First job then was to re-make the connection.

Next I connected up the board and set up the si570, it should store its last setting but it was showing its internal oscillator frequency. I set it to 28.2 MHz, for a 40m centre frequency of 7.05MHz x 4. Then I started Rocky, it worked nicely, CW and SSB signals were copied and BPSK31 was decoded FB. This is a nice RX and would be easier to modify to 500kHz, hmm, pity it has to go back to its home.

This blog entry will now take the form of a simple quick start guide to using the A1 Lite+USB Xtall v9.0 with Rocky 3.6.

First download and install Rocky 3.6 from HERE.

Next download and install the DG8SAQ Synthesizer Driver and Firmware from HERE.

Also download and install the USB Stand Alone Synth from HERE.
You can operate the Softrock without this but it is such a useful addition I wouldn’t want to be without it.

TIP If at any time the Softrock does not perform as expected remove the USB plug and re insert it, like all things the si570 synth can have a glitch.

On your desktop you will now have these short cuts.

Plug in the Softrock, 9 to 12 Volts Power, to avoid hum loops it is always best to run SDR’s on a battery supply. Stereo Jack to Line in on the Computer, USB and Antenna. On first use Windows will find a new USB device, allow Windows to automatically install the driver.

On all subsequent uses of the Softrock there will be no setting up do do at all and no messages from Windows.

Double click on the USB_Synth Icon the GUI will open. If all is well the Synthesizer online will show Green and the last frequency entered will be displayed, in this case 28.2MHz.

Close USB_Synth and double click on the Rocky Icon, select FileStart Radio, then – ViewSettings.

Right Click and select View image to see the complete picture.

Set your Sound Card in use as I/Q Input Device and Audio Output Device, mine are different sound cards for convenience, they can be the same card for in and out. Leave the Sampling Rate at 48kHz for most standard sound cards, there is no frequency coverage advantage with the si570 by using a 96khz card. Channels Left/Right Q/I is normally correct unless you find the band to be reversed.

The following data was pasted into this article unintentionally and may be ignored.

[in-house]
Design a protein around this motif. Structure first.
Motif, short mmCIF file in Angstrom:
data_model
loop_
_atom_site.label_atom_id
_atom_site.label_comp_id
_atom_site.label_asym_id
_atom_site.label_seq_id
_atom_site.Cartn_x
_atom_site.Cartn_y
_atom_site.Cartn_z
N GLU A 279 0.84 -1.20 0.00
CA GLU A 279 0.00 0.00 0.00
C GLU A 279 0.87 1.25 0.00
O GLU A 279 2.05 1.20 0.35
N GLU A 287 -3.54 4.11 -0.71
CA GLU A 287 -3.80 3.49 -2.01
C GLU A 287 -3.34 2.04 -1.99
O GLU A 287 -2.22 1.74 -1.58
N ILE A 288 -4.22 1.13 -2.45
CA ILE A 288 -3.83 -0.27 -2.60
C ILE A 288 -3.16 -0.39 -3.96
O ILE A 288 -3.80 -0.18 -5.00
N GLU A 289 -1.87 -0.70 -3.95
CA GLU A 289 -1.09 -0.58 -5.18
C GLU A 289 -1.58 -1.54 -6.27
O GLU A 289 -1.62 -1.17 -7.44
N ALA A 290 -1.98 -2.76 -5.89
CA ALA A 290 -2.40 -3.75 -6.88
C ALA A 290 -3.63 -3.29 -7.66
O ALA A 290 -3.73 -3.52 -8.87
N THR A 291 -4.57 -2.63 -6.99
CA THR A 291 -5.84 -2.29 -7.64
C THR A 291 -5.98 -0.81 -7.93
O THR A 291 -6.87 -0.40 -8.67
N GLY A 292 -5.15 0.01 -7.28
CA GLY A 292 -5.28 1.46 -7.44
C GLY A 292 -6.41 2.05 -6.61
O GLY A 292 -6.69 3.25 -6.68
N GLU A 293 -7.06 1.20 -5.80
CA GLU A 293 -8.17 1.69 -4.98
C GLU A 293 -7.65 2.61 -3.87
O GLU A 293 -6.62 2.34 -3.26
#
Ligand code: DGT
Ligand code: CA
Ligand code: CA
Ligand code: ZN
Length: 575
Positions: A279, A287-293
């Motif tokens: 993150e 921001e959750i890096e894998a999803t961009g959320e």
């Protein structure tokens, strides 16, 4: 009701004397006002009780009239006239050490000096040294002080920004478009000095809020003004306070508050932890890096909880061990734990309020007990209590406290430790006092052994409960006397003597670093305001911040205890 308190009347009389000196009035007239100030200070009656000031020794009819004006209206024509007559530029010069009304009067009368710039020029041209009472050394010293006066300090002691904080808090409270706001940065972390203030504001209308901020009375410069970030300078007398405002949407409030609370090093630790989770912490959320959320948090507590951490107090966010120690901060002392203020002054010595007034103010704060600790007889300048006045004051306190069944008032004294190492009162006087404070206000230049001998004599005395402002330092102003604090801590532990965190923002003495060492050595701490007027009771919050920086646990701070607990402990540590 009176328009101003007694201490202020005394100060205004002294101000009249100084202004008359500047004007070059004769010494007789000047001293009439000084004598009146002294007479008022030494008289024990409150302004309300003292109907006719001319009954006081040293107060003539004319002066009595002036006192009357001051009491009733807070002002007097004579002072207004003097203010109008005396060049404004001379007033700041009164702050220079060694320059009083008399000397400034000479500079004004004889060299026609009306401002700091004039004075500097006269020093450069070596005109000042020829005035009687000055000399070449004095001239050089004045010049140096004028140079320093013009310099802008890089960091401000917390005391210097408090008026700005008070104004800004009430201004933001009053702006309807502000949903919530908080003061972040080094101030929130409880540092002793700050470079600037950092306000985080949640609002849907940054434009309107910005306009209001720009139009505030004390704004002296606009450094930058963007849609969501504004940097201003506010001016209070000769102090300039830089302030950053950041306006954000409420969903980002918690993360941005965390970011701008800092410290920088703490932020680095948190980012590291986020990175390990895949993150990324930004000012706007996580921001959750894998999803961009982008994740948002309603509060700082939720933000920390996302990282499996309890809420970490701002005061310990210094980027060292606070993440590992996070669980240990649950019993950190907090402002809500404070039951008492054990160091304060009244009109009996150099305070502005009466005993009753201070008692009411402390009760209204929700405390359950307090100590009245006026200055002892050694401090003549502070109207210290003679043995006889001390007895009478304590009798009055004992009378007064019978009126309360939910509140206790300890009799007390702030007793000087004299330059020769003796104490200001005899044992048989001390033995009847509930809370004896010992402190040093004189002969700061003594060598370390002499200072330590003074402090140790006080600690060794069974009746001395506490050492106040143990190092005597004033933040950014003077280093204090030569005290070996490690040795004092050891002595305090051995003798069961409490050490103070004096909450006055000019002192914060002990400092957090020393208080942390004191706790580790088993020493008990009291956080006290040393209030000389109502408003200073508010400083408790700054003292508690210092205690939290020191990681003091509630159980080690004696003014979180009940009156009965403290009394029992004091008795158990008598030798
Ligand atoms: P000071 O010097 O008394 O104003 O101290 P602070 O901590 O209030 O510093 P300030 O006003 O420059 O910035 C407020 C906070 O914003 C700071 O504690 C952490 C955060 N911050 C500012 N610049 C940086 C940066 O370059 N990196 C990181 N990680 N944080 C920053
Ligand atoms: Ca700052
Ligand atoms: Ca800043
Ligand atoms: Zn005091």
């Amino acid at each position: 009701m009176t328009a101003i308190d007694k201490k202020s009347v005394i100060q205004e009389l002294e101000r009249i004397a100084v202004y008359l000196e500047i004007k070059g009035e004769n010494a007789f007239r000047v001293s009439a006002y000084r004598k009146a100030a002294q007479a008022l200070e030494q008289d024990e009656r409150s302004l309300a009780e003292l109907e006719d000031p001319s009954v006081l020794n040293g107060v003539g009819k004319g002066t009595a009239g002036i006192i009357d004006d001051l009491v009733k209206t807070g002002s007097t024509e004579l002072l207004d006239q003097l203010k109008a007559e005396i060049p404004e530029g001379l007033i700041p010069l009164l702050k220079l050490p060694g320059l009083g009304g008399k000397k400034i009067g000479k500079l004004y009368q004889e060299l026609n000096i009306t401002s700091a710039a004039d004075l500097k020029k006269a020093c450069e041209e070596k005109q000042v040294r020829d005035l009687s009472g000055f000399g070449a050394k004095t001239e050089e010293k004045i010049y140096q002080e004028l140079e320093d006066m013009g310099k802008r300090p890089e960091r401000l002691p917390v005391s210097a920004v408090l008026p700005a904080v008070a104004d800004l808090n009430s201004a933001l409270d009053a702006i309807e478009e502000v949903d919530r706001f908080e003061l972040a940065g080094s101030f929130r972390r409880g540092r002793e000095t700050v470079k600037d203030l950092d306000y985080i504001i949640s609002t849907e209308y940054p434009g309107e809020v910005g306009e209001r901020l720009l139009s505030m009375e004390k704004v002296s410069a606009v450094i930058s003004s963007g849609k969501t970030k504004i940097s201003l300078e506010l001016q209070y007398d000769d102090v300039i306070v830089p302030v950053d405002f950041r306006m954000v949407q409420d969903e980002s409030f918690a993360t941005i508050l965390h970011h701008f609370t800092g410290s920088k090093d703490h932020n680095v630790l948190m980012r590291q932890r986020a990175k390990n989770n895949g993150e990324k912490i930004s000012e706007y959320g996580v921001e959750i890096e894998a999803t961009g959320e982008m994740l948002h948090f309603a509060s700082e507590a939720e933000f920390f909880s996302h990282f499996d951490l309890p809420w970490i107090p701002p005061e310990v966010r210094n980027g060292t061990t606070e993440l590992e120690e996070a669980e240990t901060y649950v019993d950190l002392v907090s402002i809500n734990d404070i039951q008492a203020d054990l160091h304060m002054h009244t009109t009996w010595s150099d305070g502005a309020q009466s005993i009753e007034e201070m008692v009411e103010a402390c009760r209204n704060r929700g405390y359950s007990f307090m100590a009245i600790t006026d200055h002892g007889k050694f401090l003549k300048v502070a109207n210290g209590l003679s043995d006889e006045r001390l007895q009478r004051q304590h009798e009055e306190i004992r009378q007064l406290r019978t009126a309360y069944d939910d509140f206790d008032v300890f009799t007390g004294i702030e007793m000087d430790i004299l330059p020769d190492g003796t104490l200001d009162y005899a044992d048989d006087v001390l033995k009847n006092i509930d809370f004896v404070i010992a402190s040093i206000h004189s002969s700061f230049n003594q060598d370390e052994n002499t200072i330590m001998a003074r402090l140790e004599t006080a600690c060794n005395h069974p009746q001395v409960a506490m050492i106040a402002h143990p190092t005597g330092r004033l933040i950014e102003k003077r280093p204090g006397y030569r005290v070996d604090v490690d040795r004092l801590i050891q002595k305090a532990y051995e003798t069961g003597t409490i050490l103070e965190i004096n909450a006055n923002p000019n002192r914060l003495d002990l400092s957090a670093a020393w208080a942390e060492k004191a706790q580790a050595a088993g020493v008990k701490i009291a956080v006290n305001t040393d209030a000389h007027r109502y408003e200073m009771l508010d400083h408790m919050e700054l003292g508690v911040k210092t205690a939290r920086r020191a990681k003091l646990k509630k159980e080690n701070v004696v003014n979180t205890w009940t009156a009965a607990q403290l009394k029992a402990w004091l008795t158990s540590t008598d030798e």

Click on ViewSettingsDSP, select Use Si570-USB – set Address to 55, Divider to 4. The Local oscillator box shows the centre frequency of the Rocky tuning Scale. Rocky automatically adjusts the scale to show the correct frequency.
To move the frequency coverage around the band alter the 7050000Hz to 7060000Hz…7180000Hz etc. Do not forget to hit OK to close the box and enable the new setting.

For use on 80m and other bands plug in the appropriate BPF and set an appropriate centre frequency.

Right Click and select View image to see the complete picture.

I think Rocky is the best SDR software for the Softrocks. A very nice facility is the Automatic I/Q Balance,select ToolsAutomatic I/Q Balance and just leave it alone to just do its job continuously. Another the very useful thing Rocky provides is the direct de-coding of BPSK31 just select Mode BPSK31 and point the cursor at the centre of the signal.

Right Click and select View image to see the complete picture.
Next time you want to use the SoftrockA1 Lite+USB Xtal with Rocky all you need to do is double click on the Rocky Short Cut Icon.

Do not forget the very useful Waterfall View.

Right Click and select View image to see the complete picture.

Just use USB synth as a diagnostic tool or if you wish you can change the Local Oscillator frequency using the frequency setting window. However if the frequency is changed by this means the Rocky scale will be off as it will not follow the frequency variation and the calibration set in Rocky will not apply.

I wanted to provide a simple way of re-setting the calibration without any further need for a reference, I therefore started to play with ToolsSi570 Calibration , going through the process several times. Well you can definitely confuse Rocky this way, the calibration no longer made any difference and control of the Si570 frequency didn’t work, often after an attempted frequency shift the oscillator stopped completely.